Aubrey O'Day: Bad Girl Gone Good?

Famously fired Danity Kane singer Aubrey O'Day attempts a solo comeback in her new reality series, All About Aubrey, and dishes all about her gay husbands and her issues with Perez Hilton and Josh Strickland.

BY Brandon Voss

March 02 2011 5:40 PM ET

Three years after Diddy made Aubrey O’Day a member of Danity Kane on MTV’s Making the Band, he fired her from the now-defunct girl group on a 2008 episode for her outspoken attitude and “oversexed” tabloid reputation. Now going solo, the 27-year-old pop pariah hopes to set the record straight — with some help from gay friends — in her new reality series, All About Aubrey, which premieres March 7 on Oxygen. O’Day, who recorded an “It Gets Better” video and participated in the No H8 campaign, comes clean about her controversial bisexual claims and explains why she wants to raise a gay child.

Advocate.com: Establishing your solo music career while filming your new show, how difficult has it been to overcome your bad reputation in the media?
Aubrey O’Day: Thinking like that made me miserable, so I don’t want to put that kind of pressure on myself. I want to stop living for everyone else. I just wanted to get to a place where I’m honest about who I am, and people will either love it or hate it, but the truth about who I am isn’t consistent with what’s portrayed in the media. What you’ll see on my show is the truth. Some reality shows are so scripted and phony, so I wanted my show to be honest and inspiring.

A major theme of All About Aubrey is about your finding yourself as an artist instead of as a celebrity. How do you find that balance?
It’s really hard. The music industry side wants the celebrity side to completely detach, but that celebrity side is also a big part of who I am. I’ve been in a group that’s sold a ton of albums, but I’ve also done everything from Hairspray on Broadway to the cover of Playboy, so I’m both of those things. It’s been a big struggle to choose one or the other, because I don’t want to and I’m capable of being both. So I do have to fight that battle, even beyond the show to this day. But I feel blessed, because it’s a high-class problem to have, as my therapist says.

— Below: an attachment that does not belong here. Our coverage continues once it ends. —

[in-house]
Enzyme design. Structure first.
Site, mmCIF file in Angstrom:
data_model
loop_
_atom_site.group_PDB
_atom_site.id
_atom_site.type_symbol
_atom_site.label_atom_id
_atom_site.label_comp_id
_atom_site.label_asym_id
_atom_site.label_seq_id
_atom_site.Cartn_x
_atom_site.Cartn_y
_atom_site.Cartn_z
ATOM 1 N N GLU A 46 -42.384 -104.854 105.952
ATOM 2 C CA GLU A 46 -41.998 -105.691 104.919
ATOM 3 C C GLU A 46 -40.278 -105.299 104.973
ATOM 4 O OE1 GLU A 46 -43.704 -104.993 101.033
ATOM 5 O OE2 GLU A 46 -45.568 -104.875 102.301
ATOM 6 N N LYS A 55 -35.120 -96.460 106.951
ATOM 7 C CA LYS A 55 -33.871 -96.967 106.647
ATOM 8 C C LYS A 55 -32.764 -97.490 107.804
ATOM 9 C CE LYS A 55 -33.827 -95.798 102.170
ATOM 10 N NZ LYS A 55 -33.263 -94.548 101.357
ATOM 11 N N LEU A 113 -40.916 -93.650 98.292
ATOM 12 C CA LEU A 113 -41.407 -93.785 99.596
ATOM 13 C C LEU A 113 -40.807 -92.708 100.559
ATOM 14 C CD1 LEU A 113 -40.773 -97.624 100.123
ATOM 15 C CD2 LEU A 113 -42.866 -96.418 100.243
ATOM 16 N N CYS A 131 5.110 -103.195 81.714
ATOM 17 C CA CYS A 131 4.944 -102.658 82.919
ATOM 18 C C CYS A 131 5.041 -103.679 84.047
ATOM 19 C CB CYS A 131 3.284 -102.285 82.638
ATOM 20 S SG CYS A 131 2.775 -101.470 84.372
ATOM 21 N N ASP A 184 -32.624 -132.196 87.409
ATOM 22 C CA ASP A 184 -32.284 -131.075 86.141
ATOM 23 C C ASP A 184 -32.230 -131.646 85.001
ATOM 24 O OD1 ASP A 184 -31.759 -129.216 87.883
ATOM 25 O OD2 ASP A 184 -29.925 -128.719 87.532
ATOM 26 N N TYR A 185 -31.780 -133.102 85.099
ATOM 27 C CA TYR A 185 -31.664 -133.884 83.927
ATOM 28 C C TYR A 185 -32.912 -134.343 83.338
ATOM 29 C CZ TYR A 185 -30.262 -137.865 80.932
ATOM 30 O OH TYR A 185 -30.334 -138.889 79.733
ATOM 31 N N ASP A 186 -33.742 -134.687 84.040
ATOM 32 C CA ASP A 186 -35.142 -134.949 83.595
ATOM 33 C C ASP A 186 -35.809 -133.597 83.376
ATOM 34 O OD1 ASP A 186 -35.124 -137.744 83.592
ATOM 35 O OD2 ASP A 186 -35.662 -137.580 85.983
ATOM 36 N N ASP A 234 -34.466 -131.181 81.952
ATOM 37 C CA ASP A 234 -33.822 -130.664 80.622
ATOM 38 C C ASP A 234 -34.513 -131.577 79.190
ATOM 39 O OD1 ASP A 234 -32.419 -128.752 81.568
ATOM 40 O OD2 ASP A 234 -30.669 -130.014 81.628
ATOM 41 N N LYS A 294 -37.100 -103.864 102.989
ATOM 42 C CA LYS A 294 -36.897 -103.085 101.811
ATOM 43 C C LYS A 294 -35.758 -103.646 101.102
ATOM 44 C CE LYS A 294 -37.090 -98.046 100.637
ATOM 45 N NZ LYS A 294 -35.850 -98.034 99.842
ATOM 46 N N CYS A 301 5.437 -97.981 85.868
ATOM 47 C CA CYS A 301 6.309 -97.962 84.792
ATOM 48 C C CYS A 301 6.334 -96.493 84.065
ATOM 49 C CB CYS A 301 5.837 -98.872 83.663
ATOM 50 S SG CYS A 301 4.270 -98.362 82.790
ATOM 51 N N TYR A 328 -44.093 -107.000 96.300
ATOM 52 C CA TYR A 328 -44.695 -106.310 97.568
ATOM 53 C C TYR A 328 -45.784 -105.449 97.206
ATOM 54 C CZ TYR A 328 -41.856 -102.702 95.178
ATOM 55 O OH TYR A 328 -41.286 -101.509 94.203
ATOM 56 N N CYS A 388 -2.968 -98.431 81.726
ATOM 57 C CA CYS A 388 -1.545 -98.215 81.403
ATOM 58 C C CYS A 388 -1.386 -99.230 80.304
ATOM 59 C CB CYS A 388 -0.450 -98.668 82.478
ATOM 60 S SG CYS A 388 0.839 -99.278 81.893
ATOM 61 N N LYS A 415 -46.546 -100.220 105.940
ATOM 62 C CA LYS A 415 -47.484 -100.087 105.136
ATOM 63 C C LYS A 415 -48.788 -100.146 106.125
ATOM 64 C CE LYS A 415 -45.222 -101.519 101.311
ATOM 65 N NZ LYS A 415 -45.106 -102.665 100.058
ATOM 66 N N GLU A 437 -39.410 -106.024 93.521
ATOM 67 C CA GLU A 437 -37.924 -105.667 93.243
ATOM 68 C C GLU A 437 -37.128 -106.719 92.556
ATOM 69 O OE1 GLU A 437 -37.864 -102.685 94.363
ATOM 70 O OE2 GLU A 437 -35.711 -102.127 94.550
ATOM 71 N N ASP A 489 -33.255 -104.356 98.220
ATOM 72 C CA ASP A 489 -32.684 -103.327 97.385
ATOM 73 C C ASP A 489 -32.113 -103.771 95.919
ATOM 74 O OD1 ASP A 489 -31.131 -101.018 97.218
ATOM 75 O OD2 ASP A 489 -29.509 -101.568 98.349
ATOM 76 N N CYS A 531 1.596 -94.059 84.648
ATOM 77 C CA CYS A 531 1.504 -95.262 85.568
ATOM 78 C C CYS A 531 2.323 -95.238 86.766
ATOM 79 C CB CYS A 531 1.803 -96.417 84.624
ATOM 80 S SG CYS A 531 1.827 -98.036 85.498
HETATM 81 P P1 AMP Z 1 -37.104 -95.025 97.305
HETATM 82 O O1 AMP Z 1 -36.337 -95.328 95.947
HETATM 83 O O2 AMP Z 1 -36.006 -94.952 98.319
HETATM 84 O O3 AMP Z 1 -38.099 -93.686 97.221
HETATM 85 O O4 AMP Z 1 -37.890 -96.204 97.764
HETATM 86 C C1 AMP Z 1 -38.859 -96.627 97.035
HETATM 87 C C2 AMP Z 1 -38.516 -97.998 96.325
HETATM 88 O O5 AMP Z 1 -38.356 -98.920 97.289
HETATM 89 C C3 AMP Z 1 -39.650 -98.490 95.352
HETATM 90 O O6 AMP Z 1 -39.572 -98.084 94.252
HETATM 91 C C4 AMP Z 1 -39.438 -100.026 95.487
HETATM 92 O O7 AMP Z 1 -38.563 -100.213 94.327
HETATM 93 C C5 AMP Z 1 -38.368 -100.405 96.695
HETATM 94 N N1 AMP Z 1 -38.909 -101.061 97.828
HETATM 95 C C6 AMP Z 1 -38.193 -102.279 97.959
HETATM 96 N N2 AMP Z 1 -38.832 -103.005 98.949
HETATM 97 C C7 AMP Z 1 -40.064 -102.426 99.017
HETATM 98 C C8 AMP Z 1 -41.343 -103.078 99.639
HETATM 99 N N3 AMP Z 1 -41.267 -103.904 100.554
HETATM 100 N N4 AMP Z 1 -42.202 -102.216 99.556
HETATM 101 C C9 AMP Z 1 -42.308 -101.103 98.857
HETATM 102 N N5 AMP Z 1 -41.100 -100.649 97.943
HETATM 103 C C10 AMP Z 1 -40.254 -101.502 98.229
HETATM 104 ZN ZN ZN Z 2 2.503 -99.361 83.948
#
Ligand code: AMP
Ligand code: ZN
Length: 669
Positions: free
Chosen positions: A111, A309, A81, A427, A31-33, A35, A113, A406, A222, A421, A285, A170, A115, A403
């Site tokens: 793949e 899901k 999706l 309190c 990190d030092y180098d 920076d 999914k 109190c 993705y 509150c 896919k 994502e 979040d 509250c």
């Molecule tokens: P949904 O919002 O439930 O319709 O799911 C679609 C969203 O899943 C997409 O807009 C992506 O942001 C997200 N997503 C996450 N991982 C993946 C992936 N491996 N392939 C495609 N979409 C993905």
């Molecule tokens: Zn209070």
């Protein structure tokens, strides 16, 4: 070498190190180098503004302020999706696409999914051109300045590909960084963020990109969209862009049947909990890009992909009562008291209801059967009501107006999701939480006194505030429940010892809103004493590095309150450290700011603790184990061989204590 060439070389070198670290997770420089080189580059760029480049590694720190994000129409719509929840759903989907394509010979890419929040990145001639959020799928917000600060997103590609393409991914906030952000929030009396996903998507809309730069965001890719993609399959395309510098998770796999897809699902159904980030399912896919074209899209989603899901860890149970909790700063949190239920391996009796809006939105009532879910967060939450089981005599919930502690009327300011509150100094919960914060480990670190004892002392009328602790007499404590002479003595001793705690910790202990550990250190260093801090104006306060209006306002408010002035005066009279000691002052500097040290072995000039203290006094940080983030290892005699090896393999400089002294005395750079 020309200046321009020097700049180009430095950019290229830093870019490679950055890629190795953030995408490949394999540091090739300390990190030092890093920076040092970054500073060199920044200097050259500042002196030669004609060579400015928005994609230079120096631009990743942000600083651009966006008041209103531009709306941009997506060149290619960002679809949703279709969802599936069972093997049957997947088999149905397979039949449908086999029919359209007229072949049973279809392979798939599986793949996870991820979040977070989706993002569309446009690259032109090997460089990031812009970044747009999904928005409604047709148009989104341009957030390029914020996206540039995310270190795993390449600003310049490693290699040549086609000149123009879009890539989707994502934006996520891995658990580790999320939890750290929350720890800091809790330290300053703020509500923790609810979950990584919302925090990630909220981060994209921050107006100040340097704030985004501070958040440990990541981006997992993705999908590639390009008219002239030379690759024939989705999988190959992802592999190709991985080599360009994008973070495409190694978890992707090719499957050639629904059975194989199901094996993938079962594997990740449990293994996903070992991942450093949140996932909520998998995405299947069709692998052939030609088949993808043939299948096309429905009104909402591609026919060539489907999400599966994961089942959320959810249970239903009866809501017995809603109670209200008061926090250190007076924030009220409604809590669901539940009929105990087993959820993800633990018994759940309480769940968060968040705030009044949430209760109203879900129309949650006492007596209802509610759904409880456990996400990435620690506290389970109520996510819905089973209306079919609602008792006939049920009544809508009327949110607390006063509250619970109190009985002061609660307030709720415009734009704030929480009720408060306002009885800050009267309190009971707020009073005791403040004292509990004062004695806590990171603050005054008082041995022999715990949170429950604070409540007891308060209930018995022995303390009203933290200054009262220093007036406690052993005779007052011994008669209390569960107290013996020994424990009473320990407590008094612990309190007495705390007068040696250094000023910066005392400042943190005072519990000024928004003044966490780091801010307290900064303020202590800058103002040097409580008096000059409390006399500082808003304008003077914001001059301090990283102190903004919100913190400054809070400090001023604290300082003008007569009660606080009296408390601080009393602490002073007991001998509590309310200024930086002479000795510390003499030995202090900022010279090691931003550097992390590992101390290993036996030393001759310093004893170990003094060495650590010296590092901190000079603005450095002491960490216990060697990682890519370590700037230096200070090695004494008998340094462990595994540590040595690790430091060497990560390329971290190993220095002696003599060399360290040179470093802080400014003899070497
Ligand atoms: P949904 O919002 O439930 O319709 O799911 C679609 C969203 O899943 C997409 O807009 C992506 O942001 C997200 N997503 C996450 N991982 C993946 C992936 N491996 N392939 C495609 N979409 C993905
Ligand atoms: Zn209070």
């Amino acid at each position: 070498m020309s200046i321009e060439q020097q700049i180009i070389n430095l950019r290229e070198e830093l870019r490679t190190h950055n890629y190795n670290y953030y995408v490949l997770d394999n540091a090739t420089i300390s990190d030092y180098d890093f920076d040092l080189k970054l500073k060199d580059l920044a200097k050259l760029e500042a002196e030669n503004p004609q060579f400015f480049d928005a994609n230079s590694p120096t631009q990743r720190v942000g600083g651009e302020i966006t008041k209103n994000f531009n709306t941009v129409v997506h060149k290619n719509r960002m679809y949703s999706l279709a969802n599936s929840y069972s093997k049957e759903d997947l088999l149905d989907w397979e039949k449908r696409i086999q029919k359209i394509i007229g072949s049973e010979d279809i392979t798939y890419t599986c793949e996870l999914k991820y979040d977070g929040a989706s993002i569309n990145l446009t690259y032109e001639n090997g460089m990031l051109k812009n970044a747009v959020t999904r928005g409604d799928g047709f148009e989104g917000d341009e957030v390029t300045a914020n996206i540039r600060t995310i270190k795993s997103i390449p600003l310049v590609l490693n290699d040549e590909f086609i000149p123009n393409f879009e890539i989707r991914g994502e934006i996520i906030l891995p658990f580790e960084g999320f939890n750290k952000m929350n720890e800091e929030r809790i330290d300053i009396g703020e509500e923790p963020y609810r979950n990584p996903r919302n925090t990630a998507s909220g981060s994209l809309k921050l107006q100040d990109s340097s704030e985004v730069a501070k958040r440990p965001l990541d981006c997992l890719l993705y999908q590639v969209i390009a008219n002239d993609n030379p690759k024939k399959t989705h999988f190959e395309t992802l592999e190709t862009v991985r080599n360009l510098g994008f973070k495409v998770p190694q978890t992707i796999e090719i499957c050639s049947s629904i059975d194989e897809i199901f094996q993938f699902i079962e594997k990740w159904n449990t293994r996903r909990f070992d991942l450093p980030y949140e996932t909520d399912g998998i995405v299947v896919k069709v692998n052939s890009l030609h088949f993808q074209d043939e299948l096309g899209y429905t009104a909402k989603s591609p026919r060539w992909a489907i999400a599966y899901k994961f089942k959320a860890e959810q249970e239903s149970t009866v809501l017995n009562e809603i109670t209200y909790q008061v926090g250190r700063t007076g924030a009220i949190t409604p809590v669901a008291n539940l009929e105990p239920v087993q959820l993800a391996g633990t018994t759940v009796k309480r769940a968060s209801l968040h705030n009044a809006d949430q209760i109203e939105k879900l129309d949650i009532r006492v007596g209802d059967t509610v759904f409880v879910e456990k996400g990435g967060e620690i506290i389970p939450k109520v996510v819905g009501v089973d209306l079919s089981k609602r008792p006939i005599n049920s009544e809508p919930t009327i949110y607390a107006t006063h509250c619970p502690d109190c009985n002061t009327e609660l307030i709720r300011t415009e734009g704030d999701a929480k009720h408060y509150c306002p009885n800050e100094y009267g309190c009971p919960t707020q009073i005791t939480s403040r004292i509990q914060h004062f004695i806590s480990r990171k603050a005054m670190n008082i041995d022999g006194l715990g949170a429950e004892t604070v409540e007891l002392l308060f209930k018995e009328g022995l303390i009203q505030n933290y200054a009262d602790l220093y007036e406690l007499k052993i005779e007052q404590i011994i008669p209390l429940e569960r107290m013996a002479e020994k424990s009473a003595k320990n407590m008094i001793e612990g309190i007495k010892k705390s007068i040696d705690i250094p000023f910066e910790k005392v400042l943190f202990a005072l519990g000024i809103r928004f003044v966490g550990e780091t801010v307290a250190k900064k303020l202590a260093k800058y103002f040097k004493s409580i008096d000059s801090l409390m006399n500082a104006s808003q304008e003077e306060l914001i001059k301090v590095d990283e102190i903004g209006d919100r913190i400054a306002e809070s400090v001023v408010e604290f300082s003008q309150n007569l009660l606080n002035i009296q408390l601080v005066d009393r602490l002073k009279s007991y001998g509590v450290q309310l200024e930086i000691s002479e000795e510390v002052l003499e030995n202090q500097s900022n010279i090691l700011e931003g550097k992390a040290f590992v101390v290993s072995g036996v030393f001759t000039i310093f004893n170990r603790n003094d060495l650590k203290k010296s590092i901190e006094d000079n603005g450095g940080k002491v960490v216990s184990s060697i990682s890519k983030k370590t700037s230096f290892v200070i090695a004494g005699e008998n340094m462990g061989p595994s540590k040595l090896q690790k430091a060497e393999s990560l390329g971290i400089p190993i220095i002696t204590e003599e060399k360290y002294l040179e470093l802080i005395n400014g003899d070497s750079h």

When tabloids did focus on your partying or diva behavior, did you believe that there was no such thing as bad publicity?
Yes and no. At the end of the day, just to sleep at night, you have to believe that all publicity is good publicity. But I’m such a sensitive person, so it always drives me crazy when people say bad things about me that aren’t true, especially when people called me a diva. I hate that. Not to say I’m not strong or that I don’t have very specific ideas about how I want things to be, but in a reasonable situation with smart, understanding people, there’s always a way to figure things out without being rude.

Speaking of publicity, you gave some very coy interviews regarding your sexuality in early 2009, saying things like, “I don’t like labels.” That, of course, turned into headlines that read, “Is Aubrey bisexual?” With all due respect, I didn’t buy any of it. Are you truly bisexual, or was that just a ploy to get more media attention?
Honestly, the whole thing started when I was on a red carpet in New York the day Prop. 8 was passed. Now, I’ve grown up with gay people my entire life. My first baby-sitter was a black man with AIDS who lived in our house, and I watched him die. He was one of my mom’s closest friends, and he was everything to me. I was brought up in a very liberal, accepting family, so I was very exposed to the gay community and to HIV and AIDS awareness, which spawned my own charity, FAN, Fight AIDS Now, which targets youth AIDS internationally. I was seriously offended by the Prop. 8 decision, so I grabbed my friend, who felt the same way, and told her, “Hold my hand and walk down this red carpet.” I just felt responsible to stand up for something that I believed in, which is that everyone deserves equal rights. That was my message that night, but it got turned into “Aubrey and her girlfriend parading around New York” on the blogs, and then all those questions started coming up in interviews.

Tags: television

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